by Harold Pinter
10 - 19 March 2016
Jerry is a literary agent; Emma runs anart gallery; Robert is a publisher. Emma and Robert are married and Jerry is Robert's best friend, but Emma and Jerry have had a seven-year affair. The play opens with Emma and Jerry meeting for lunch in 1977, two years after the affair has finished and by a brilliant device, the relationship of the three is traced backwards nine years to the evening when it all began. First presented at the National Theatre in 1978.
Written by Harold Pinter with much in the script which has earned this style of writing ‘Pinteresque’, where awkward silences suggest a sometimes menacing hidden meaning, this cast were skilled proponents of the genre.
Drawing on his own experience of his long extra-marital affair with Joan Bakewell, Pinter sets this story in reverse as we find Emma and Jerry awkwardly meeting in a pub in 1977 after their romance has fizzled out. In scenes set over the preceding years, we learn much more, ending with how it all began in 1968.
Set designer Tony Dent used theatre’s revolve as an important part in delivering the many different locations – their own homes, their ‘love nest’ flat and the most impressive hotel bedroom in Venice with an amazing Venetian backdrop, the pub and an Italian restaurant.
Julie Anderson created an Emma who, as the scenes regressed, went from polite to passionate with a variety of stops along the way. As her lover Jerry and, adding complications, also her husband’s best friend, Peter Calver trod a similar path, excelling himself in 1968 when his very drunken pass at Emma is reciprocated and the affair begins.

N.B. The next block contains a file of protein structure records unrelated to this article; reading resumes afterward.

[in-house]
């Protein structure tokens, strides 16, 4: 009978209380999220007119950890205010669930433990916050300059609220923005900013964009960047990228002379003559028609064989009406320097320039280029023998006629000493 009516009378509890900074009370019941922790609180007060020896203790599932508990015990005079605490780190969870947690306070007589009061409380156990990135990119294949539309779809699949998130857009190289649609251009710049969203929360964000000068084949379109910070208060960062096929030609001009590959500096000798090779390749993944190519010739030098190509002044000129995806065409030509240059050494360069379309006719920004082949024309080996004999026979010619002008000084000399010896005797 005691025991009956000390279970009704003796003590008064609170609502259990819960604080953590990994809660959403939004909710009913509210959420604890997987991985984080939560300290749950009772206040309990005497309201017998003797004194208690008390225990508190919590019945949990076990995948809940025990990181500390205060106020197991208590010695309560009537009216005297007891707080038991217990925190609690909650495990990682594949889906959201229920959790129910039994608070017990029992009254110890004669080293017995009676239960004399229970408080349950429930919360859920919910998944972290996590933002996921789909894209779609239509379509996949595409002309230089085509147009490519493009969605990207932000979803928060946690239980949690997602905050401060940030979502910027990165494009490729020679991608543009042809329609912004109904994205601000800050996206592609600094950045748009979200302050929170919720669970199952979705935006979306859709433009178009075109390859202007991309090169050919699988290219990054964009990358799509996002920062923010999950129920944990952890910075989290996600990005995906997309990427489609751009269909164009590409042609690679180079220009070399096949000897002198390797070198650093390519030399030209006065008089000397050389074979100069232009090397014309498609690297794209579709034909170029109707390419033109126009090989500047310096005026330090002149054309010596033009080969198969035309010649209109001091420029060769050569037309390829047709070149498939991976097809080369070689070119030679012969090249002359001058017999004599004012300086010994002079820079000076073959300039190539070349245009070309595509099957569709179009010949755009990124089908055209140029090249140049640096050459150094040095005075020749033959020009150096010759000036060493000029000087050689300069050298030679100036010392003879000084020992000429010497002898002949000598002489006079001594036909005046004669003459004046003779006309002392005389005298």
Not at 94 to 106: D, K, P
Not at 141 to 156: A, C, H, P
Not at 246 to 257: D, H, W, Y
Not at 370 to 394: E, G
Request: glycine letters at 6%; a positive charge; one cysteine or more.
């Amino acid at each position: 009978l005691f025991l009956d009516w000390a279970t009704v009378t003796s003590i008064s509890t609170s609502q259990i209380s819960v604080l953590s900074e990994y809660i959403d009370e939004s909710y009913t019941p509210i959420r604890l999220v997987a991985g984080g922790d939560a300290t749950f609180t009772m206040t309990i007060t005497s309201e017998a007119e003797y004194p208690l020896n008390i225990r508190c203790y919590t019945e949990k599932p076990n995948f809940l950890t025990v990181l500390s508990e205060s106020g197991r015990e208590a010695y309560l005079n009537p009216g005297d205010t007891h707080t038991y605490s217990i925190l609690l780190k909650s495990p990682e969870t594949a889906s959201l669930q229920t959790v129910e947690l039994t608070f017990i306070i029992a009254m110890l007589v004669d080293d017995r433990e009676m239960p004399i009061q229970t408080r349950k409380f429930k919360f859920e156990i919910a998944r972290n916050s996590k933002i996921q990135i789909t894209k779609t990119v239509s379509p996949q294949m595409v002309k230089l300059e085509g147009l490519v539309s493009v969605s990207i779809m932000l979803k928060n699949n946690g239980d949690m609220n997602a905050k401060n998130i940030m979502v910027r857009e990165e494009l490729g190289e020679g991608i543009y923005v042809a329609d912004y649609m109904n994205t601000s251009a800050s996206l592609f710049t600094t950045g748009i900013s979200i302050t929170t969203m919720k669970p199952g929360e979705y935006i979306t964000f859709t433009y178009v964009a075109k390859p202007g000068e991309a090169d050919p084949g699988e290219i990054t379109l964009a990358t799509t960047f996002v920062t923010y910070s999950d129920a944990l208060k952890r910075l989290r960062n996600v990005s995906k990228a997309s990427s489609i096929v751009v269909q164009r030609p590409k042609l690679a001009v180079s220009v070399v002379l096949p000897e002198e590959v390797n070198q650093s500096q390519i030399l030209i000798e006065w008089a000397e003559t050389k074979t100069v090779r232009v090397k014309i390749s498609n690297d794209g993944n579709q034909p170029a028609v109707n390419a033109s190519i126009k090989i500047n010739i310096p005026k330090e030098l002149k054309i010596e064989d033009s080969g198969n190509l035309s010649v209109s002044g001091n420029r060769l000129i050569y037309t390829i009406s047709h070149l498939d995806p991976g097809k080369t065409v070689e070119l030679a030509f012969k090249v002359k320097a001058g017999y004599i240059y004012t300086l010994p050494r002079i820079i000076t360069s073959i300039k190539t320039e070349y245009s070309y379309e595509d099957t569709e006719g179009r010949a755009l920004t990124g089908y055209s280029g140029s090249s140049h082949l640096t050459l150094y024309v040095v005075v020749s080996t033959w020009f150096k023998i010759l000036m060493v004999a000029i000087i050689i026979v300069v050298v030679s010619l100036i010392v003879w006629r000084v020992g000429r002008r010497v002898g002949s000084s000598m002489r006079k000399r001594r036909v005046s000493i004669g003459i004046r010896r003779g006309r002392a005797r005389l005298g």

To Emma’s husband Robert, also ‘playing away’ in their marriage, fell the majority of those drawn out silences which do, in fact, speak volumes, and here Gareth Frow mastered the art and clearly conveyed his sometimes gloomy but often comical meanings.usic played an important part in evoking the period with sound by Tony Richardson being particularly skilled in the final 1968 scene of the party at Emma and Robert’s house. Here, as the bedroom door opened and closed, the loud music and jollity flooded in and receded immediately the door closed.
Costumes by Frances Hawkins moved with the times, again helping to establish the period as did Chris Hearn’s props, right down to the chianti candle wine bottle in the restaurant where he also played the briefly-seen Italian waiter.
In a Pinter play that delivered more comedy than I, at least, was expecting, director Julie Cumbo brought out the story’s many emotions through the ability of her strong cast. As she says in her Director’s Notes, among the cast’s many discussions about the play, they gave much consideration to exactly who betrays whom. A difficult one to answer.